|Malawi: A Baseline Study of the Teacher Education System (CIE, 1999, 47 p.)|
|Chapter 1: Introduction|
The present government of Malawi has maintained that it is committed to facilitating the provision of education in the country. It believes that this is best achieved through collaboration with the local community, non-governmental organisations, the private sector and the donor community (MG, 1995). Education is seen as a vehicle for promoting national consciousness and cohesion and as a catalyst for economic development (MG,1987). It is also recognised that the education of the mother has far reaching consequences on the cognition, affective and physical development of the child. As a result the policies that have been developed in pursuit of such goals have focused on equity of access to educational opportunities, a relevant curriculum and improving the efficiency of the system. A good teacher education system has been identified as key to the improvement of the quality of the education delivered.
In respect of this the Malawi government has invested substantially in the production and support of qualified teachers. This document catalogues in broad terms the education system in Malawi with teacher training as the central focus.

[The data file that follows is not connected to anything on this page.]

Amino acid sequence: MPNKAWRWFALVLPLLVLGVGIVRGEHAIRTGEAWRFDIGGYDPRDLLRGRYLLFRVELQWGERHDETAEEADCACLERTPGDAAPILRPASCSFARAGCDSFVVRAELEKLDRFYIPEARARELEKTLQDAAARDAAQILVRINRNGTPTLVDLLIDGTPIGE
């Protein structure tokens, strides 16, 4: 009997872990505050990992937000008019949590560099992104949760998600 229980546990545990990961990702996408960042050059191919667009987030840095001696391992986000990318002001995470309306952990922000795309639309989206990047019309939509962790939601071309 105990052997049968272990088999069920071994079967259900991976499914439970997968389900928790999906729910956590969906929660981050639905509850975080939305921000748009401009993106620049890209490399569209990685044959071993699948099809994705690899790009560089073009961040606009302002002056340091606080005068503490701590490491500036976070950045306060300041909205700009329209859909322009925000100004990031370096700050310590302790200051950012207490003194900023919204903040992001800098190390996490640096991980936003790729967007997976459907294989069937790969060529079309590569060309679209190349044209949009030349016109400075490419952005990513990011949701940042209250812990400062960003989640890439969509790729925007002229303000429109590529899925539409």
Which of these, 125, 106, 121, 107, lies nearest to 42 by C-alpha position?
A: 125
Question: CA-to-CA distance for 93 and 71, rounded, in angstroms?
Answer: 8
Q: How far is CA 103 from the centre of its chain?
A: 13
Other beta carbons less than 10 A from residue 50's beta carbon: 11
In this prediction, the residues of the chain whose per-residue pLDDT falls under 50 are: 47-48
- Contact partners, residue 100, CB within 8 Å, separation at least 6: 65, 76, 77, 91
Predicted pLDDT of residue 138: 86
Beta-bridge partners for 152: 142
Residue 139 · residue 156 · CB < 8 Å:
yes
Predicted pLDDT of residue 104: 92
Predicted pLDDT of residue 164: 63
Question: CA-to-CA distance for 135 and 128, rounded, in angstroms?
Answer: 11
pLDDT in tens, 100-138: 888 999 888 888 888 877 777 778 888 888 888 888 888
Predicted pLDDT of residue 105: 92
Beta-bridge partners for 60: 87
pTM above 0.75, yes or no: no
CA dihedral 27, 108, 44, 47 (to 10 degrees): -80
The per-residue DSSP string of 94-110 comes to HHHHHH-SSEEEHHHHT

In order for the government to address the issues adequately some organisational and structural changes had to be made. First the functions and duties of the Ministry of Education (MOE) had to be decentralised. Second the Ministry had to outline its investment policy framework to be consistent with the new goals. This required the Ministry to identify marginalised sectors in education and to make the appropriate curriculum changes. The introduction of free primary education also needed the recruitment of new teachers followed by construction of new supporting institutions.
The government has now proposed that the Ministry of Education be divided into two departments: one overseeing basic education and the other responsible for secondary and tertiary education. Functions of the MOE would be decentralised to the divisional level, the district level and the primary school zone level. It is hoped that by doing this many obstacles to the smooth delivery of education services will have been eliminated.
With this brief background of what the government and the Ministry of Education propose to do in the procurement of education services we now turn to the existing scenario in the system. This background gives us the direction the education system will take and therefore gives us a better perspective of how any of the emerging issues in our discussion may be addressed in addition to what has already been put in place.